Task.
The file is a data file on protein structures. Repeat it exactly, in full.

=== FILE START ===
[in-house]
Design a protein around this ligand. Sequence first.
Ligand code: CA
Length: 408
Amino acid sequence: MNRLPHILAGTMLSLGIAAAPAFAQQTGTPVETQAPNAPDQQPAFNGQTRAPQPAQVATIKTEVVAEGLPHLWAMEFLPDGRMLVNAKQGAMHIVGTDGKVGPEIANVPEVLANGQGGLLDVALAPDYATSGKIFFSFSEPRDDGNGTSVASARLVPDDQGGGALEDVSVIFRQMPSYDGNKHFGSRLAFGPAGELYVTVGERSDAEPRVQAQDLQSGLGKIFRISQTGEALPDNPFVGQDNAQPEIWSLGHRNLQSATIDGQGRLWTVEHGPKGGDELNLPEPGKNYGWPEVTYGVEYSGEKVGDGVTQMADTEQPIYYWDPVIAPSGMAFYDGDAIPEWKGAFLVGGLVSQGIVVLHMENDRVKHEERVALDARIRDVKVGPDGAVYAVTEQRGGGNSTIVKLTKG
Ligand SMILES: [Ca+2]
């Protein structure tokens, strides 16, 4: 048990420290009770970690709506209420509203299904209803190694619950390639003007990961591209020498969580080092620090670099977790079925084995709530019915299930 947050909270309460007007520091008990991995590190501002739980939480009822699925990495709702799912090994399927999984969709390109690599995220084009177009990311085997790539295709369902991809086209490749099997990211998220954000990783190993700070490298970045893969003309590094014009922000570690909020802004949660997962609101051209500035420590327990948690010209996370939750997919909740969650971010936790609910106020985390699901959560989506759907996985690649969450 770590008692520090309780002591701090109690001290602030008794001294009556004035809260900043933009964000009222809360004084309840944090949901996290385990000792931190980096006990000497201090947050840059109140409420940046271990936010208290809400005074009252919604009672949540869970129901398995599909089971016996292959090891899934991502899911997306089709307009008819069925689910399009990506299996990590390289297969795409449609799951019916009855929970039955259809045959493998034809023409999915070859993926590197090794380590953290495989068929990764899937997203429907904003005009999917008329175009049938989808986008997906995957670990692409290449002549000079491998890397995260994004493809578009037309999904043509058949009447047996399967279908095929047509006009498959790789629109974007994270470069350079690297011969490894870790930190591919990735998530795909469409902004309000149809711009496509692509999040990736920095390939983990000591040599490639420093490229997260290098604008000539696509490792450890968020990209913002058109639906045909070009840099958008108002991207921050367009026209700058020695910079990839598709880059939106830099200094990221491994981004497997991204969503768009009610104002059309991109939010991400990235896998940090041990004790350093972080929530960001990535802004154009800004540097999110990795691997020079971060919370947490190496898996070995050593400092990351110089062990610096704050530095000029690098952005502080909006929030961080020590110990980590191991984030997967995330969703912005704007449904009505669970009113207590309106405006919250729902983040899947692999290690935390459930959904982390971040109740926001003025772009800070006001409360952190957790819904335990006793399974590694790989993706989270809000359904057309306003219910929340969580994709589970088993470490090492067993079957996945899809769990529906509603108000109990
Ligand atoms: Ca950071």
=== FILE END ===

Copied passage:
[in-house]
Design a protein around this ligand. Sequence first.
Ligand code: CA
Length: 408
Amino acid sequence: MNRLPHILAGTMLSLGIAAAPAFAQQTGTPVETQAPNAPDQQPAFNGQTRAPQPAQVATIKTEVVAEGLPHLWAMEFLPDGRMLVNAKQGAMHIVGTDGKVGPEIANVPEVLANGQGGLLDVALAPDYATSGKIFFSFSEPRDDGNGTSVASARLVPDDQGGGALEDVSVIFRQMPSYDGNKHFGSRLAFGPAGELYVTVGERSDAEPRVQAQDLQSGLGKIFRISQTGEALPDNPFVGQDNAQPEIWSLGHRNLQSATIDGQGRLWTVEHGPKGGDELNLPEPGKNYGWPEVTYGVEYSGEKVGDGVTQMADTEQPIYYWDPVIAPSGMAFYDGDAIPEWKGAFLVGGLVSQGIVVLHMENDRVKHEERVALDARIRDVKVGPDGAVYAVTEQRGGGNSTIVKLTKG
Ligand SMILES: [Ca+2]
């Protein structure tokens, strides 16, 4: 048990420290009770970690709506209420509203299904209803190694619950390639003007990961591209020498969580080092620090670099977790079925084995709530019915299930 947050909270309460007007520091008990991995590190501002739980939480009822699925990495709702799912090994399927999984969709390109690599995220084009177009990311085997790539295709369902991809086209490749099997990211998220954000990783190993700070490298970045893969003309590094014009922000570690909020802004949660997962609101051209500035420590327990948690010209996370939750997919909740969650971010936790609910106020985390699901959560989506759907996985690649969450 770590008692520090309780002591701090109690001290602030008794001294009556004035809260900043933009964000009222809360004084309840944090949901996290385990000792931190980096006990000497201090947050840059109140409420940046271990936010208290809400005074009252919604009672949540869970129901398995599909089971016996292959090891899934991502899911997306089709307009008819069925689910399009990506299996990590390289297969795409449609799951019916009855929970039955259809045959493998034809023409999915070859993926590197090794380590953290495989068929990764899937997203429907904003005009999917008329175009049938989808986008997906995957670990692409290449002549000079491998890397995260994004493809578009037309999904043509058949009447047996399967279908095929047509006009498959790789629109974007994270470069350079690297011969490894870790930190591919990735998530795909469409902004309000149809711009496509692509999040990736920095390939983990000591040599490639420093490229997260290098604008000539696509490792450890968020990209913002058109639906045909070009840099958008108002991207921050367009026209700058020695910079990839598709880059939106830099200094990221491994981004497997991204969503768009009610104002059309991109939010991400990235896998940090041990004790350093972080929530960001990535802004154009800004540097999110990795691997020079971060919370947490190496898996070995050593400092990351110089062990610096704050530095000029690098952005502080909006929030961080020590110990980590191991984030997967995330969703912005704007449904009505669970009113207590309106405006919250729902983040899947692999290690935390459930959904982390971040109740926001003025772009800070006001409360952190957790819904335990006793399974590694790989993706989270809000359904057309306003219910929340969580994709589970088993470490090492067993079957996945899809769990529906509603108000109990
Ligand atoms: Ca950071």